The 2018 Kia Niro Plug-In Hybrid Review: The Niro is Kia’s green warrior. A hybrid Niro preceded the plug-in, and an all-electric version just debuted at the North American International Auto Show in Detroit in January (it’s about a year away). There is no gasoline-only Niro. The Niro is blessed with appealing, nicely balanced lines and proportions, without any extreme styling excesses. It wears Kia’s now familiar tiger mouth grille with the pinch in the middle and it looks good from every angle.
Inside, cleanly rendered panels blend smoothly, and the textures are rich-looking. The door and dash panels are slightly padded, giving the car a more upscale feel. The switchgear feels durable and moves with precision. An asymmetrical center console sweeps down from the dash, implying some sportiness.
Both the inside and outside classiness owe their dignity to former Audi designer Peter Schreyer, who has led Kia and Hyundai design for a decade, transforming both brands’ design language and image.
As a hybrid, the Niro combines a 1.6 liter four-cylinder gasoline engine with a 60-horsepower electric motor, which in PHEV form is fed by an 8.9 kWh battery. This battery weighs 258 pounds versus the much smaller and lighter one in the standard Niro Hybrid, which only uses regenerative braking. The engine’s 104 horsepower and 109 lb.-ft. of torque mixes with the motor, with its robust 125 lb.-ft. of torque, giving a total of 139 horsepower and 195 lb.-ft. of torque combined.
An idle stop and go system turns the engine off when the car is stationary, further saving gasoline. The drivetrain flows through a six-speed, dual-clutch automatic transmission.
The car is no rocket, with an 8.8-second zero-to-sixty time. When you press the pedal down hard you’ll hear the sound of downshifting and an engine working hard to contribute its part to moving the 3,450-pound crossover forward.
The Niro Plug-In Hybrid earns 110 City, 99 Highway, and 105 MPGe Combined on the EPA’s tests, and a still decent 48 City, 44 Highway, and 46 Combined mpg on gasoline only. The official battery range is 26 miles, although my test car’s display always read 24 when full. That was enough for me to commute all week on electricity alone, leading to an exemplary 81.3 mpg for the week. If you rarely go more than 24 miles on a trip, you may find your gas lasts for months. Kia claims an impressive gas + electric range of 560 miles. EPA Green Scores are 7 for Smog and a perfect 10 for Greenhouse Gas.
The NIRO PHEV comes in three trims, LX, EX, and EX Premium. My Platinum Graphite tester was an EX Premium, with a soothing light gray interior. The price-leader FE model hybrid isn’t sold as a plug-in.
The LX offers a decent sound system, Android Auto/Apple CarPlay, a smart key with pushbutton start, and more. The EX adds safety features, including Blind Spot Detection, Lane Change Assist, and Rear Cross Traffic Alert. You also get “hybrid” cloth and leather seats, heated front seats and outside mirrors, 10-way driver seat adjustment with lumbar support, and more. The EX Premium adds leather seat trim, 3-level heated and ventilated seats, a larger 8-inch touch screen on the dash, and a voice-command navigation system.
With an 8.9 kW battery, you can easily fill the battery at a Level 2 charger in a couple of hours from empty, or fill it overnight at home on 120 household current. The charge door includes a small light, a thoughtful touch.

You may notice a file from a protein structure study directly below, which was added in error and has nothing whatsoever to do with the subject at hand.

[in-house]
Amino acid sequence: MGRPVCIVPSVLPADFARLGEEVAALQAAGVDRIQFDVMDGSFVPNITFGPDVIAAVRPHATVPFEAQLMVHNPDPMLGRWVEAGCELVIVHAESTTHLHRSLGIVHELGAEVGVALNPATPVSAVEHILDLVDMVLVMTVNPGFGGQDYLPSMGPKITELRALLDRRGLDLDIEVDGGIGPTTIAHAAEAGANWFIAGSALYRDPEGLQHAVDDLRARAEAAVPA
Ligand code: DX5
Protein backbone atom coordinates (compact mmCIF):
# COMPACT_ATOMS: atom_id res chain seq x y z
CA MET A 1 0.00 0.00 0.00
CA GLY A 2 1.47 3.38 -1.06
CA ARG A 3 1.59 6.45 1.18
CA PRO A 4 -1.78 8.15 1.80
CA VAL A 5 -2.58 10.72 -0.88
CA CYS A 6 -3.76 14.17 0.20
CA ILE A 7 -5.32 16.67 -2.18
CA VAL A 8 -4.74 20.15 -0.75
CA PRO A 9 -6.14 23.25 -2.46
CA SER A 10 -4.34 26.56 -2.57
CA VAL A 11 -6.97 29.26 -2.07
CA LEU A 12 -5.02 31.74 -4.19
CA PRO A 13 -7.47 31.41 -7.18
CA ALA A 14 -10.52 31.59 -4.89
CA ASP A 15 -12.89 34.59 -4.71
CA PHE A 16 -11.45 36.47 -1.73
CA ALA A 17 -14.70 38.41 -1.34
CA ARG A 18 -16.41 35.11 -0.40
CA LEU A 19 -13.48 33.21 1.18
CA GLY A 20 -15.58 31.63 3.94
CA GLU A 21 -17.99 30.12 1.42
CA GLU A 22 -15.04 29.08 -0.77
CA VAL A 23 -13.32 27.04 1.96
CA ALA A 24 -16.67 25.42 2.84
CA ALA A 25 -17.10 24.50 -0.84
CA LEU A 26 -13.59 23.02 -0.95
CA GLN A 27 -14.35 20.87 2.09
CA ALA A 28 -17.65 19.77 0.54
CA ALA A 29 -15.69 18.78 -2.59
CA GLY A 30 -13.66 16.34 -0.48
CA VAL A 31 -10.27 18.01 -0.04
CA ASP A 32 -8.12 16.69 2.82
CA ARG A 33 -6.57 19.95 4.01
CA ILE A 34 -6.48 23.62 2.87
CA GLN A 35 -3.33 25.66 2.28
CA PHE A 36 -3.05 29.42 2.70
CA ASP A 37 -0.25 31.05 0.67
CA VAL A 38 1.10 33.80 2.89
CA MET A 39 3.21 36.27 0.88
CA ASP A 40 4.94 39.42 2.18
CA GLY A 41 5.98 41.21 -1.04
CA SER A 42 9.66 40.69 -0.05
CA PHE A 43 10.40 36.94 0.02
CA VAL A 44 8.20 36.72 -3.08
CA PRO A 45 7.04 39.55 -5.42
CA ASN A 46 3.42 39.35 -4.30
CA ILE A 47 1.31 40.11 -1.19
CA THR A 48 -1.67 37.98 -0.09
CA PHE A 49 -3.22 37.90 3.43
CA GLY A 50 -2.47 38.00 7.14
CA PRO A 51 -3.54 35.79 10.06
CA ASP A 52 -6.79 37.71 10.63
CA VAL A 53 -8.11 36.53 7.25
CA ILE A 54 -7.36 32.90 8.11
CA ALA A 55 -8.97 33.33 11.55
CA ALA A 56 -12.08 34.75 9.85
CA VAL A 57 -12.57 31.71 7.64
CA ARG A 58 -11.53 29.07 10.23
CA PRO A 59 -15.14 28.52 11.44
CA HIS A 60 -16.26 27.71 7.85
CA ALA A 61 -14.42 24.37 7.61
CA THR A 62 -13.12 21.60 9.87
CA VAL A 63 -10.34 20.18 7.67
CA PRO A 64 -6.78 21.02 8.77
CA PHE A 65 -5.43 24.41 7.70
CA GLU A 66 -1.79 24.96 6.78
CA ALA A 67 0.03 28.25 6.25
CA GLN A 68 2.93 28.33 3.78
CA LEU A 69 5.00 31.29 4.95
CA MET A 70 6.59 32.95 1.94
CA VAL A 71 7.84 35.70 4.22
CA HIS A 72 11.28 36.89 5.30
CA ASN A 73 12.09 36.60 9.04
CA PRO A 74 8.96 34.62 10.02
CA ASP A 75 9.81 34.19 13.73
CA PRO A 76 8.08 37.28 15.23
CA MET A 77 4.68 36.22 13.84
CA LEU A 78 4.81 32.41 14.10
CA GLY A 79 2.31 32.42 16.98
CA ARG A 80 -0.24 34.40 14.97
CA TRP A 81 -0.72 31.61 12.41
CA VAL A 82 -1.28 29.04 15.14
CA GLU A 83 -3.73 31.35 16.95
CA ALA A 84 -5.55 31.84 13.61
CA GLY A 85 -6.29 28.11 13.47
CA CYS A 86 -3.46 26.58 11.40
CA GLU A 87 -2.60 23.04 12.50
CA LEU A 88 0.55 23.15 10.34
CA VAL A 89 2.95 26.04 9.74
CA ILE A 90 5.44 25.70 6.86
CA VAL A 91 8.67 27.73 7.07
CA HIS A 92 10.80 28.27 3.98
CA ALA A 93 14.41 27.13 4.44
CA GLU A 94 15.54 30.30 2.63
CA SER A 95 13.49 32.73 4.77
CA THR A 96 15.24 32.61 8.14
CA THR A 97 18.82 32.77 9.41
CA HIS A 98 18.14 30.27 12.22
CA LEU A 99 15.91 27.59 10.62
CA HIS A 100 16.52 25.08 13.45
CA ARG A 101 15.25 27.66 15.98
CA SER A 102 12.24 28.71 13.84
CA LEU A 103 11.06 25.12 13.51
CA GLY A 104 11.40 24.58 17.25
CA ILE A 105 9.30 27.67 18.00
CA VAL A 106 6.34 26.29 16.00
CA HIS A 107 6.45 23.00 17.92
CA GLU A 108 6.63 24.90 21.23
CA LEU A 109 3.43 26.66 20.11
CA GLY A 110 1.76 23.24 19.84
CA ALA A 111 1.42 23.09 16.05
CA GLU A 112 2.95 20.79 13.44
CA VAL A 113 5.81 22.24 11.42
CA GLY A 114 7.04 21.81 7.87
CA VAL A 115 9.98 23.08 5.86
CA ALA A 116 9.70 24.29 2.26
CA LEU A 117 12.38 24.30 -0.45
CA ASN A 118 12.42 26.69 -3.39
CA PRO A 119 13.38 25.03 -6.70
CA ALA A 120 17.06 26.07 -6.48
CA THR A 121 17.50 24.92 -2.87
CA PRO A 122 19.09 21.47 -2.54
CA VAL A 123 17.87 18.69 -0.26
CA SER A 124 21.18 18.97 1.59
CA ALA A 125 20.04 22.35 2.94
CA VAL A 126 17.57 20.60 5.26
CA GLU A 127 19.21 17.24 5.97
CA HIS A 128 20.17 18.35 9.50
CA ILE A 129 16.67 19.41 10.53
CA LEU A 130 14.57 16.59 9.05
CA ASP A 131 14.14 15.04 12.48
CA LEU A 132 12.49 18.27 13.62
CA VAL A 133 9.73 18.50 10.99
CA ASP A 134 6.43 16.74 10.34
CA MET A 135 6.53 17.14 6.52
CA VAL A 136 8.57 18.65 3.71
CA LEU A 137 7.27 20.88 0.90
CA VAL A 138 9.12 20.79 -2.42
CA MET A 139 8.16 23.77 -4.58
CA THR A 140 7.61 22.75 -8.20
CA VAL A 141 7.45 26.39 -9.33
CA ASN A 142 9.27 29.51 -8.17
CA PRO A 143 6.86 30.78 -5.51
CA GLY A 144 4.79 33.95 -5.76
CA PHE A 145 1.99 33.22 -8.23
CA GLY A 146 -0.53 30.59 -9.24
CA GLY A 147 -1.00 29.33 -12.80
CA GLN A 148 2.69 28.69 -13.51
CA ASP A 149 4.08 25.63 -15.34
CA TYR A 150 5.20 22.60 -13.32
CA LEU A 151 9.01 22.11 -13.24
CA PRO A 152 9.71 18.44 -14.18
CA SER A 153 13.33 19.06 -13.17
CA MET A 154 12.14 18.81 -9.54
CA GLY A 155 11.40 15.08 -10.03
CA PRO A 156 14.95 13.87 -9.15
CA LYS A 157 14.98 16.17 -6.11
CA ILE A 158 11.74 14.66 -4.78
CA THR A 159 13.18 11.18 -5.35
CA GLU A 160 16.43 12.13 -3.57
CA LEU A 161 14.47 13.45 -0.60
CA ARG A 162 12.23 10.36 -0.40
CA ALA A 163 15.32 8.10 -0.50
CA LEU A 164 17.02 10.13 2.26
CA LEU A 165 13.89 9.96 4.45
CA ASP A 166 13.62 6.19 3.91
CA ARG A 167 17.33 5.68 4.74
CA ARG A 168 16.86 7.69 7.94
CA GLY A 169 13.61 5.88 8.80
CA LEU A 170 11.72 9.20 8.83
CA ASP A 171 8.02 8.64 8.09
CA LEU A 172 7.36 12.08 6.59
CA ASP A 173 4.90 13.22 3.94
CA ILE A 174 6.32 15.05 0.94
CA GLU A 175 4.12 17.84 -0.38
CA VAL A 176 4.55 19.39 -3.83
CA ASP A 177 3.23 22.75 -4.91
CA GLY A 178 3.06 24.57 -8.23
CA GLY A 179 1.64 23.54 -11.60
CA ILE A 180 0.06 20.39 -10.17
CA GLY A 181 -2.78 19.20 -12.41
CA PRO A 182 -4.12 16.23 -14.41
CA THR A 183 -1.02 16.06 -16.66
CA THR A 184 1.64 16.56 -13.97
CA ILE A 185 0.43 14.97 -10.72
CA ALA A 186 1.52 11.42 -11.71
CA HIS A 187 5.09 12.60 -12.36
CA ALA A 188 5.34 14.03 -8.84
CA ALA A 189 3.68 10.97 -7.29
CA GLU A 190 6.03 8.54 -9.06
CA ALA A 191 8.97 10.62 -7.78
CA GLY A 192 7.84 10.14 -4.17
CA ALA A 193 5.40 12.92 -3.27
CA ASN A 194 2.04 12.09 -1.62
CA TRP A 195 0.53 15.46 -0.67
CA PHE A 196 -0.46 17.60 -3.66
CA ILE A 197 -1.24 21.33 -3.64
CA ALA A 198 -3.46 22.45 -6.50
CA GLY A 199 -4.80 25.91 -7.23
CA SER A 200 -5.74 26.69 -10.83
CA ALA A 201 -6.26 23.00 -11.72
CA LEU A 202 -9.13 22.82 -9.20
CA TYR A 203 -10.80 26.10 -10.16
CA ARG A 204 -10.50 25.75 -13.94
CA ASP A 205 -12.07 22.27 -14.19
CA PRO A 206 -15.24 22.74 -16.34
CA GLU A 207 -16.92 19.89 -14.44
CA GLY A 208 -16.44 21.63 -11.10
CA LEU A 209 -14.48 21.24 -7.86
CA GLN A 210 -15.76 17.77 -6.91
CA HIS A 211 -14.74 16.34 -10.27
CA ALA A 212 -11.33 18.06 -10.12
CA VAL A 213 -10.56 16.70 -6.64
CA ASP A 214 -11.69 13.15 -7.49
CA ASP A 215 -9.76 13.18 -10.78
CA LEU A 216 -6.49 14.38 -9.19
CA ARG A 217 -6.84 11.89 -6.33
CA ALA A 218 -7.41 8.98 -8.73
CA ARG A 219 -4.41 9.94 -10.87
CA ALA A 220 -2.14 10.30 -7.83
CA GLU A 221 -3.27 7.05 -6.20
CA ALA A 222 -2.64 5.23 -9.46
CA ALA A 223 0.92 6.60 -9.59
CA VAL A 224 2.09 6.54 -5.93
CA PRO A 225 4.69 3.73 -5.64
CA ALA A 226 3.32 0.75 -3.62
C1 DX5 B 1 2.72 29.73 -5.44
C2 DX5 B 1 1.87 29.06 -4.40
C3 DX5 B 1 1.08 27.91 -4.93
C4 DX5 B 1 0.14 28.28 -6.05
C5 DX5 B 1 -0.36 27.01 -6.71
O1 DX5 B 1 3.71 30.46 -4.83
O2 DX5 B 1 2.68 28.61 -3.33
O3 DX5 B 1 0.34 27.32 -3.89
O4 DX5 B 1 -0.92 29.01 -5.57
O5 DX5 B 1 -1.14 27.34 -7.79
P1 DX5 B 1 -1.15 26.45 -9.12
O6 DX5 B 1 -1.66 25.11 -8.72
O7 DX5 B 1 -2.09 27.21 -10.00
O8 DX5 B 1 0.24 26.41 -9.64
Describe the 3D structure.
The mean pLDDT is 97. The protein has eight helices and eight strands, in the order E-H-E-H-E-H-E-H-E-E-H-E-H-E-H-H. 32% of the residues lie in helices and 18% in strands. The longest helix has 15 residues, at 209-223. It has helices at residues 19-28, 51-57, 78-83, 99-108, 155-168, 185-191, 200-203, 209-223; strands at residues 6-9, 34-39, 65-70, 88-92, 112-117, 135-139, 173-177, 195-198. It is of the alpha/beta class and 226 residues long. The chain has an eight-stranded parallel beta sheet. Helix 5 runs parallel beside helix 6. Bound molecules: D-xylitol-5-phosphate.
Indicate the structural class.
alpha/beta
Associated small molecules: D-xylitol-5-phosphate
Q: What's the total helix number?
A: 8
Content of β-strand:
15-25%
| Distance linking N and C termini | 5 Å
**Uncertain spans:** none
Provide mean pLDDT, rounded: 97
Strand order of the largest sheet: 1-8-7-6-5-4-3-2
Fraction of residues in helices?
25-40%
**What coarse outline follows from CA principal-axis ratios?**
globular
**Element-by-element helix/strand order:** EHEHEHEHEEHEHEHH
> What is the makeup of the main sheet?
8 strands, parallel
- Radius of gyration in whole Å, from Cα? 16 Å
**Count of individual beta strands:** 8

At just 171.5 inches long on a 106.3-inch wheelbase, the car is tidy for nipping around town, but can carry 54.5 cubic feet of gear when you flip down the rear seats.
Pricing starts at $28,840 for the LX, and moves up to $32,440 for the EX and $35,440 for the EX Premium. All prices include shipping. My car’s only option was $135 worth of carpeted floor mats.
As a crossover, the Niro PHEV is sitting pretty, right in the middle of today’s most rapidly growing vehicle segment. I found it just right for family and musical instrument hauling.
The 2018 Niro PHEV just won Green Car Journal’s Green SUV of the Year Award, so I expect to see lots of them on the road soon.
By Steve Schaefer © AutoWire.Net - San Francisco
The 2018 Kia Niro Plug-In Hybrid Bottom Line Review provided by:
Tony Leopardo © AutoWire.Net
The Bottom Line: The 2018 Kia Niro Plug-in Hybrid (PHEV) is a stylish and useful compact crossover. You can drive it much of the time on battery power alone, and when necessary, take a long trip using the gasoline engine. You can set the car to EV or HEV mode. In the default EV mode, the Niro uses pure electricity until its big battery is depleted and then runs as a hybrid. In HEV mode, you can select hybrid driving right away and retain the power for later.
I predict that this is the drive train that all cars, light trucks and SUV’s will have in the very near future. Efficient long range battery power, an ICE gas engine so you’re never without motive power, a full regenerative braking system, 110 / 220 / 440 volt plug in capability and the ability to lock in what ever driving mode you want, at any time.
And maybe, just for those reasons alone, you should “Drive one, Buy one, Today ©”.
This Bottom Line Review is provided by: Tony Leopardo © AutoWire.Net
“Tony the Car Guy” is an automotive writer, editor and publisher in the San Francisco Bay Area. If you have a question or comment for Tony send it to TonyLeo@pacbell.net or visit AutoWire.Net at www.autowire.net - And remember: “You Are What You Drive ©”
Column Name: The futures drivetrain is here today
Topic: The 2018 Kia Niro Plug-In Hybrid
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Photo Caption: The 2018 Kia Niro Plug-In Hybrid
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